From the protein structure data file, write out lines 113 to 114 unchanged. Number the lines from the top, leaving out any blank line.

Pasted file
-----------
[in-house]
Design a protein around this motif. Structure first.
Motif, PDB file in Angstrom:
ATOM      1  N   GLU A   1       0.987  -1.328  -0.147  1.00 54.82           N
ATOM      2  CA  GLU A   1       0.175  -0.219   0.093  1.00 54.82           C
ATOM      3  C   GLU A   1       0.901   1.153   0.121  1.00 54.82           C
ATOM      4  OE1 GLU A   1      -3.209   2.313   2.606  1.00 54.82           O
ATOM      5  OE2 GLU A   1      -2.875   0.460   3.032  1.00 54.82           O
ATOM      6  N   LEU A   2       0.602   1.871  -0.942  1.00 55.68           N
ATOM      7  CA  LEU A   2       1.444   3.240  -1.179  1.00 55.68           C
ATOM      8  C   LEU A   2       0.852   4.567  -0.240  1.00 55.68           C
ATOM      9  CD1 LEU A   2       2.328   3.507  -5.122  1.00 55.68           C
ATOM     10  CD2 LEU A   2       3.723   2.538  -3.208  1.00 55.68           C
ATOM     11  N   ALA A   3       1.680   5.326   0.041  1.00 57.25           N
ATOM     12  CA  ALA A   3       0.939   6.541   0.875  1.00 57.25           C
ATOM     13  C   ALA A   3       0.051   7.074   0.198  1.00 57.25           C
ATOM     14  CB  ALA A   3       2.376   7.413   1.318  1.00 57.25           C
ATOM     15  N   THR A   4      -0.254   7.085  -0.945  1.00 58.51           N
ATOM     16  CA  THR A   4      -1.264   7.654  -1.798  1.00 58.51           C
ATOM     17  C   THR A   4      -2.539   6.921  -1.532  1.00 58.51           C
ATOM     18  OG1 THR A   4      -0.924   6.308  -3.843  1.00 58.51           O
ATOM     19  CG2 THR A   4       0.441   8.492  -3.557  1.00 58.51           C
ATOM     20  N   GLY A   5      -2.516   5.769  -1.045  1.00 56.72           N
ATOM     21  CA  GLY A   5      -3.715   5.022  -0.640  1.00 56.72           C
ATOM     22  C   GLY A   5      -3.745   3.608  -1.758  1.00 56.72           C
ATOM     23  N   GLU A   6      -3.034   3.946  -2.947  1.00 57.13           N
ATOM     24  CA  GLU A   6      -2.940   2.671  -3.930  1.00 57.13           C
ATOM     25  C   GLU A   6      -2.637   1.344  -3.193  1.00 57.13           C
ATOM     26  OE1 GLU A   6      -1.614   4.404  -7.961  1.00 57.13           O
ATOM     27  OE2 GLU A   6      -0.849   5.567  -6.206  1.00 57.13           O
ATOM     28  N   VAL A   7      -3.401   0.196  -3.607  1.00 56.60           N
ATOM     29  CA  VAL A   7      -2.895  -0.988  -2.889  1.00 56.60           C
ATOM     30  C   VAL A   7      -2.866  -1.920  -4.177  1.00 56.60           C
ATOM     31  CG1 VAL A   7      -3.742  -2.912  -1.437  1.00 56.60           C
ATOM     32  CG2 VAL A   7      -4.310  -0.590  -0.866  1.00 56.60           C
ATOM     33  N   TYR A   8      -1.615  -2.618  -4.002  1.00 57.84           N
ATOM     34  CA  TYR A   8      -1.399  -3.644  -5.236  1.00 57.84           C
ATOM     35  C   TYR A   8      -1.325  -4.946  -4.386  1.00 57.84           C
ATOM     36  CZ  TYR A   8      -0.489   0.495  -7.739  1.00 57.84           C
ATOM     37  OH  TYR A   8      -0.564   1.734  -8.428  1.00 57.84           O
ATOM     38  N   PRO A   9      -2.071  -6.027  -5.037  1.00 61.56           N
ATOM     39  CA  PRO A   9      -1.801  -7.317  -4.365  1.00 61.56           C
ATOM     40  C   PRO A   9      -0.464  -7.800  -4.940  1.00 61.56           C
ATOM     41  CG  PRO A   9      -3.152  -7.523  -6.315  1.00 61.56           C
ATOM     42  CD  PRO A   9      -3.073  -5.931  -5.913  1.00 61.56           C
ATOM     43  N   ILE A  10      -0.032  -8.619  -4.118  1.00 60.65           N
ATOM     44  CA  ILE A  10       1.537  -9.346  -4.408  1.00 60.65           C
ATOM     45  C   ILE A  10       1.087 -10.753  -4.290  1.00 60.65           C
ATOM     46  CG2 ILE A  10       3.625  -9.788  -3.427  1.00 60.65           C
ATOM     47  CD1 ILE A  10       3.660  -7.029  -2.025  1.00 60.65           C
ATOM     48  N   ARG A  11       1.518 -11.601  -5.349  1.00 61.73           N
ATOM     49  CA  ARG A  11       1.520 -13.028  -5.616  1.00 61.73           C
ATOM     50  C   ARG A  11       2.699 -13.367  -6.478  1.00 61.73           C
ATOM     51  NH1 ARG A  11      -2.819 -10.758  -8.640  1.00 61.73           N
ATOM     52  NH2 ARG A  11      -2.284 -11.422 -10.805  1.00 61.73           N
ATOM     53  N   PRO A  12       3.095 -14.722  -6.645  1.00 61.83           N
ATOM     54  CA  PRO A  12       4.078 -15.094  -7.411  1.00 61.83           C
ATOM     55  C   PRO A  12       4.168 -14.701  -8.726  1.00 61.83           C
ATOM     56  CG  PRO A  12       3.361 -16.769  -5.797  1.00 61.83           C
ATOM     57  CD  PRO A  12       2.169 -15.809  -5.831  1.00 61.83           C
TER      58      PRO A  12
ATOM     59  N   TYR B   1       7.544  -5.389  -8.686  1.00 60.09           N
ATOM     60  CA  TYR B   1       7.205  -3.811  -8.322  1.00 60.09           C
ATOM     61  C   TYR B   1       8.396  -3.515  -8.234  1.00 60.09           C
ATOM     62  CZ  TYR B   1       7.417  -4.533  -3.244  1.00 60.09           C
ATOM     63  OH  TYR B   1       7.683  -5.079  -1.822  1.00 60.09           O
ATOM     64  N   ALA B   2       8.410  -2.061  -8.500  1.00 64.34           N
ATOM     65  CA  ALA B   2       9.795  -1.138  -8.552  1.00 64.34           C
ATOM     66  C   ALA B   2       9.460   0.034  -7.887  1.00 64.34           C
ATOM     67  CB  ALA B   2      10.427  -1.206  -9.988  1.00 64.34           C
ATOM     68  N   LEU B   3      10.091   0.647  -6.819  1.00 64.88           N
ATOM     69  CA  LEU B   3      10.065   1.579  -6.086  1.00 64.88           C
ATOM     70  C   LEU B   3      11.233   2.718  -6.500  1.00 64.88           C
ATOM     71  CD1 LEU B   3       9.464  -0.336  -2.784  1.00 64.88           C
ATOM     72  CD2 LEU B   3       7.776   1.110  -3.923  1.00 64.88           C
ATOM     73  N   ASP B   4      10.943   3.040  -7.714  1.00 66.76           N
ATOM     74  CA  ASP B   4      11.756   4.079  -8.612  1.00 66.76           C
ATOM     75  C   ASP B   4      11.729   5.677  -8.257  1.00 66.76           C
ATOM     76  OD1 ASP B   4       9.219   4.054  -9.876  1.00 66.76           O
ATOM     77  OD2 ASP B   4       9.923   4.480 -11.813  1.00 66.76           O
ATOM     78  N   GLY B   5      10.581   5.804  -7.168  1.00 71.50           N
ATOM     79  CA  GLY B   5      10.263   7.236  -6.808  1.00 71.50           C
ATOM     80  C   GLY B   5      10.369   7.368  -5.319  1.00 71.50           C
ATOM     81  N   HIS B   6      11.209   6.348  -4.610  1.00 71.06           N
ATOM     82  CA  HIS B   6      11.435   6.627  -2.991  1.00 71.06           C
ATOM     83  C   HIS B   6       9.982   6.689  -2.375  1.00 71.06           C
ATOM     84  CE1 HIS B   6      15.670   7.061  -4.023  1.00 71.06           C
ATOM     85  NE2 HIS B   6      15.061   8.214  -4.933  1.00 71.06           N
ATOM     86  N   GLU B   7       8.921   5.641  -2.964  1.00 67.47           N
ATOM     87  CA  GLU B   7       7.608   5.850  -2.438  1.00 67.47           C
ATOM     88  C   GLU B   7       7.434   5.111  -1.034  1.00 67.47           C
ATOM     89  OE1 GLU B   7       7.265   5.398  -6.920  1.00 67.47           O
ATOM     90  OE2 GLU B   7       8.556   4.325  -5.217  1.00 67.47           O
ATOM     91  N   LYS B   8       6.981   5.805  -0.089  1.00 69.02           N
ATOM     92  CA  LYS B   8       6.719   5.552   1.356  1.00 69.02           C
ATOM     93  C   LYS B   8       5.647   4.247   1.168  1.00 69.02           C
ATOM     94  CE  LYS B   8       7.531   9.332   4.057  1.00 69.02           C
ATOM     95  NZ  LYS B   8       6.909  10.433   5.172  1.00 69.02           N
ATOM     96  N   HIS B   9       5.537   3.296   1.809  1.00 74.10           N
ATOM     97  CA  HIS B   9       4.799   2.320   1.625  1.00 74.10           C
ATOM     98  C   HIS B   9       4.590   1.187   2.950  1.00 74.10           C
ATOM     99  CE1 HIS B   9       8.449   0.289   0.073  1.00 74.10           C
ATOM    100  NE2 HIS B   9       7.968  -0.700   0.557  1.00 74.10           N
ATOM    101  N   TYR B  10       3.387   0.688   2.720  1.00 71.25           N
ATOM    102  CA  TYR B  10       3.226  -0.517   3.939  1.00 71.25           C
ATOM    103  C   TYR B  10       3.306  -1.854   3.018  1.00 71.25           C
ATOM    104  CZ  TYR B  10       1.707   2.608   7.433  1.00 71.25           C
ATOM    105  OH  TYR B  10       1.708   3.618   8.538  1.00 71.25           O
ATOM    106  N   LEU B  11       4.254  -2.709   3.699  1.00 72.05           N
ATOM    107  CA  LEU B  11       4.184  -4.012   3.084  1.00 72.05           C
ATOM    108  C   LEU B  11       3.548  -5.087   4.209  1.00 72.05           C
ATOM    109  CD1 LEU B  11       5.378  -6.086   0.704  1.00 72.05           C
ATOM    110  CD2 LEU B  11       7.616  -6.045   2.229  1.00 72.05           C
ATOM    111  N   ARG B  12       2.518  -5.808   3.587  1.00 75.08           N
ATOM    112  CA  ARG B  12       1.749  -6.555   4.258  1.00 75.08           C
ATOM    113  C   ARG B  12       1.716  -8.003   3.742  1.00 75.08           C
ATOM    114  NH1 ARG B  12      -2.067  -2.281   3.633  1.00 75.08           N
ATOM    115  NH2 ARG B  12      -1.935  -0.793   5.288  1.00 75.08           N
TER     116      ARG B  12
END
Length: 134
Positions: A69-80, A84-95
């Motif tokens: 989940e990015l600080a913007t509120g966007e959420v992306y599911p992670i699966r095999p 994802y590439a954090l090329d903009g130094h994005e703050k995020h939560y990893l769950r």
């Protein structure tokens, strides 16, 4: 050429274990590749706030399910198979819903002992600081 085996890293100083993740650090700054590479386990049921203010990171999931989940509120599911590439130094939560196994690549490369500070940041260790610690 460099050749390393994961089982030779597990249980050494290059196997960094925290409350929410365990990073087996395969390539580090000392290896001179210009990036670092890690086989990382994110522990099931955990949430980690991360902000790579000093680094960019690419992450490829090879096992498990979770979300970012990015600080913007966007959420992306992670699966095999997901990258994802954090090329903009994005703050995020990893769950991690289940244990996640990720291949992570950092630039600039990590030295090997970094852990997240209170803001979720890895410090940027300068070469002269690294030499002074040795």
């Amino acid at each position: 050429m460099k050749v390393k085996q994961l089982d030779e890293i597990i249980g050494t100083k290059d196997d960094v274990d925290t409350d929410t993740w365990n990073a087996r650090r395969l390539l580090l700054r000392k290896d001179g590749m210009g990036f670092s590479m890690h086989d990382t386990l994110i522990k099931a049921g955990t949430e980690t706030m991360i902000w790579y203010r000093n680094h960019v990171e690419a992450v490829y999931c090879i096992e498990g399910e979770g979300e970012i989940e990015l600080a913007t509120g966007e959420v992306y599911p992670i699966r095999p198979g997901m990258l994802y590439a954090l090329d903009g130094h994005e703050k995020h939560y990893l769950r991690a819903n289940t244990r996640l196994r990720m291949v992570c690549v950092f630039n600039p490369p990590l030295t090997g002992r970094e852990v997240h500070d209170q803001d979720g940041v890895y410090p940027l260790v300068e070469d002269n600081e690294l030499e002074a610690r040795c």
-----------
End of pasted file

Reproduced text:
ATOM    110  CD2 LEU B  11       7.616  -6.045   2.229  1.00 72.05           C
ATOM    111  N   ARG B  12       2.518  -5.808   3.587  1.00 75.08           N